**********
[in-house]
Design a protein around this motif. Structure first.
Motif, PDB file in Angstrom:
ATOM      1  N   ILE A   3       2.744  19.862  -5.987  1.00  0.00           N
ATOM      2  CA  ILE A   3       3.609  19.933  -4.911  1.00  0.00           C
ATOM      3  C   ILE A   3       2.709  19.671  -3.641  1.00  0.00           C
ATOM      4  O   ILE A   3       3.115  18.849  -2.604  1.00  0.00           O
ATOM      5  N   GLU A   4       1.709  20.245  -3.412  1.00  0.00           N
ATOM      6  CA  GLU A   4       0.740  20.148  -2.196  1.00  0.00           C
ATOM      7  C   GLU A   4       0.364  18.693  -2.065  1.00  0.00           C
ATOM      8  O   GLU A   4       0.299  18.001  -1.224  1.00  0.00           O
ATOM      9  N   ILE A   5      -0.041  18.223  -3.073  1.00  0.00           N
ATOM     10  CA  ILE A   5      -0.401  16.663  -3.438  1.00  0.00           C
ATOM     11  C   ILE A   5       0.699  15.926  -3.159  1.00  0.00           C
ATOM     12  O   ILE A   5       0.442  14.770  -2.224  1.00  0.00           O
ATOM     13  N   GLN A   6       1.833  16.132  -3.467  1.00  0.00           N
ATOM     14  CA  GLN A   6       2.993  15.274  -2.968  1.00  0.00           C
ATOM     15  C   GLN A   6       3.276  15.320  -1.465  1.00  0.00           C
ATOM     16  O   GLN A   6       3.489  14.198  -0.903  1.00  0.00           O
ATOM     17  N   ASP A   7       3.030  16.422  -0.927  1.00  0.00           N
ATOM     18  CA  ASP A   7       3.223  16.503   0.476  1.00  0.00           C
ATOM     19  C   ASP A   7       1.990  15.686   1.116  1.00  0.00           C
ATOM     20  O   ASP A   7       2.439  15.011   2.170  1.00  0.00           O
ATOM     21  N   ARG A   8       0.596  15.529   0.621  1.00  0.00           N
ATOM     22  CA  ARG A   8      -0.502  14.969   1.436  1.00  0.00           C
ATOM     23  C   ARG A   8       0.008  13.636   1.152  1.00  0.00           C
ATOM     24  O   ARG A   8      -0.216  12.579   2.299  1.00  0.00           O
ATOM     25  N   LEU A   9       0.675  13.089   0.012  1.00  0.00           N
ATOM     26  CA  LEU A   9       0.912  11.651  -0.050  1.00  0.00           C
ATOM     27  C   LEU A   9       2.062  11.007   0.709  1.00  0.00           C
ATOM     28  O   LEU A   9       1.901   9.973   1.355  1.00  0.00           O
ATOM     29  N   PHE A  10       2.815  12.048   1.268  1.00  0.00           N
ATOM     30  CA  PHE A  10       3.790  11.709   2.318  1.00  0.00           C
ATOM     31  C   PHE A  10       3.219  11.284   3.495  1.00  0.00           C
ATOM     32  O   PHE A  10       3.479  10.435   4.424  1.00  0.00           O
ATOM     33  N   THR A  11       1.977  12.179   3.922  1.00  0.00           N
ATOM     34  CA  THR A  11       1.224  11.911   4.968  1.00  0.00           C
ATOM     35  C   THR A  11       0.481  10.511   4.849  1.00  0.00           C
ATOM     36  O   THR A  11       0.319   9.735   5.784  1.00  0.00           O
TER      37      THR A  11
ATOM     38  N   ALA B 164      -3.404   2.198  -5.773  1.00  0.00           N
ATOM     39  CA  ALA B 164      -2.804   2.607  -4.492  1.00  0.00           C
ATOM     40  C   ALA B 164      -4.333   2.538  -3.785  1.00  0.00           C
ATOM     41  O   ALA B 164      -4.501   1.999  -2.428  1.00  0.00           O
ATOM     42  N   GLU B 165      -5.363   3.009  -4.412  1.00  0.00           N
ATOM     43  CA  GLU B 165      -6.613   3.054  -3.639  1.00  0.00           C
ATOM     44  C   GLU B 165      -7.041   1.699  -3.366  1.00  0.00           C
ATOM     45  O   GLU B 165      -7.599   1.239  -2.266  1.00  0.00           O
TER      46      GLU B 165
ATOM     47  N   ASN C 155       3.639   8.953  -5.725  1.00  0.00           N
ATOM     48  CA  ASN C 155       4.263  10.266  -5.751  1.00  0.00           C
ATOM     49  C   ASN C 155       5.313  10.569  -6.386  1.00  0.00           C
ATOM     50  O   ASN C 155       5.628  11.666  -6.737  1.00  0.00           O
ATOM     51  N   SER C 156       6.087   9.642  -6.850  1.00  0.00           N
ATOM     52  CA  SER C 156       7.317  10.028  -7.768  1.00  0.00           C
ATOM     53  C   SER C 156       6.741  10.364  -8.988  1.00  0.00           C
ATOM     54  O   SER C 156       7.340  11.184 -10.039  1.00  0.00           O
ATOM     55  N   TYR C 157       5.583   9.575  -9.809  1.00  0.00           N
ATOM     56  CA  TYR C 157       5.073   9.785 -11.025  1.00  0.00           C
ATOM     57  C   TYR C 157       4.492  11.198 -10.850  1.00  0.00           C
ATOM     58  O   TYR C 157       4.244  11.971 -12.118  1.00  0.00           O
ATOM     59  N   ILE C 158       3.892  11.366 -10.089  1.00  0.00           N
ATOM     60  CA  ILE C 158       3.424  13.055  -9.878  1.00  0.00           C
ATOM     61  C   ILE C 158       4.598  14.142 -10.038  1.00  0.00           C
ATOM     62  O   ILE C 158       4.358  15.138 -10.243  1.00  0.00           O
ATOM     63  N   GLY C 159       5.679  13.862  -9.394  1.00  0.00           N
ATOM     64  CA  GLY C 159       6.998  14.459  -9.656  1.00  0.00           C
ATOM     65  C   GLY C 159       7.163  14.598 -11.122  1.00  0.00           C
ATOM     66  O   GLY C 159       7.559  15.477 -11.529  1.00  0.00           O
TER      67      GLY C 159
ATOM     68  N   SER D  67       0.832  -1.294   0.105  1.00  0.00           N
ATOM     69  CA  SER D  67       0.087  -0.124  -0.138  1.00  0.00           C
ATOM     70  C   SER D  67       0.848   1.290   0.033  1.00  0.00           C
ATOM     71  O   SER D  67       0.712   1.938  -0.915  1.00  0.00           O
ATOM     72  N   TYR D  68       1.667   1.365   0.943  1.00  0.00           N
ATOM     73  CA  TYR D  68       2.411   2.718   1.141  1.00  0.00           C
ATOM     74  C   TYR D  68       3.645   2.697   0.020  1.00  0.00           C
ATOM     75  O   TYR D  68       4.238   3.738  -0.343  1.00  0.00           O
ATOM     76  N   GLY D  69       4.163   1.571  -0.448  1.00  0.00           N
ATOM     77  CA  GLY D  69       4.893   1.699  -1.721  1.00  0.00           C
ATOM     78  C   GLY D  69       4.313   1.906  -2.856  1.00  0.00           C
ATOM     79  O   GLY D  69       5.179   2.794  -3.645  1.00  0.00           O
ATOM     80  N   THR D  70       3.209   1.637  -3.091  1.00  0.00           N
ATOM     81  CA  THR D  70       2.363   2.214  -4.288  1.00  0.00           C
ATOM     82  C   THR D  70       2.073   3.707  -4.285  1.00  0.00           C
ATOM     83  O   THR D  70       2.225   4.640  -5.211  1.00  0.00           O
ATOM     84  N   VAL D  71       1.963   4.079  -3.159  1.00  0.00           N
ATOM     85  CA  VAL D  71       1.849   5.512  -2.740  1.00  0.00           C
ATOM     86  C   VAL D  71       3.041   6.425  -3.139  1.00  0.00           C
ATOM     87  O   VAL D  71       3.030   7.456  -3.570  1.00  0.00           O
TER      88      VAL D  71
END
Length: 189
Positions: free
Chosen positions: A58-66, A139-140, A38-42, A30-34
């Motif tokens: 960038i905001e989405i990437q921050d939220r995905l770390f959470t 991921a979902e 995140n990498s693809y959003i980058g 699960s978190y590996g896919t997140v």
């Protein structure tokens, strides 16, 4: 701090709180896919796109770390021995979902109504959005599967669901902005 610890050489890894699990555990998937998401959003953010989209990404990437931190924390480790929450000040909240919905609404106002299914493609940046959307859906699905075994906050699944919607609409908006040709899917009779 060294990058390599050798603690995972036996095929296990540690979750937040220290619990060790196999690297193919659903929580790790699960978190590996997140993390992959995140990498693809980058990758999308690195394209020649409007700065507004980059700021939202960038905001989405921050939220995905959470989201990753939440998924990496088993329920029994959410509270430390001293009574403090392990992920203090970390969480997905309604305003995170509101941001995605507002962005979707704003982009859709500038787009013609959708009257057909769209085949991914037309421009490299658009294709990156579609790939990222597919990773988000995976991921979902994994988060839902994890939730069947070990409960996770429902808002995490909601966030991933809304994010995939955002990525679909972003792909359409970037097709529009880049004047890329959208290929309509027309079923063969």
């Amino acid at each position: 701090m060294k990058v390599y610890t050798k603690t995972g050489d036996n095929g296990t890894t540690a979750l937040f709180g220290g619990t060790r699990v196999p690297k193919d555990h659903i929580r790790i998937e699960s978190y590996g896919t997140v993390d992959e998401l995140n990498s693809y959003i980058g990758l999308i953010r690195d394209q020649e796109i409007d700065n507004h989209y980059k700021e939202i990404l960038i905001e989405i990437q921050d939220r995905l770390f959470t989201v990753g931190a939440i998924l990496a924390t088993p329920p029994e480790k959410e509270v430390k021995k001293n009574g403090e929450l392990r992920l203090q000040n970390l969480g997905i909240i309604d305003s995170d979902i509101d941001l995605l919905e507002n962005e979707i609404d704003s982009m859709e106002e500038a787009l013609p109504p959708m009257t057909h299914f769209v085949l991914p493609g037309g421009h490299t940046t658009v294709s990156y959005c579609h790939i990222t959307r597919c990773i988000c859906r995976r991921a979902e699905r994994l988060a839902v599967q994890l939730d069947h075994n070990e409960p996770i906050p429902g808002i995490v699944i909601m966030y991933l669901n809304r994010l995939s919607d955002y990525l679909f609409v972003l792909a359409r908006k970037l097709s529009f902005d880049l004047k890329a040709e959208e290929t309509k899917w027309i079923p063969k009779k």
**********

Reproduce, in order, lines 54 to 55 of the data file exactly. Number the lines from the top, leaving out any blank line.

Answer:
ATOM     51  N   SER C 156       6.087   9.642  -6.850  1.00  0.00           N
ATOM     52  CA  SER C 156       7.317  10.028  -7.768  1.00  0.00           C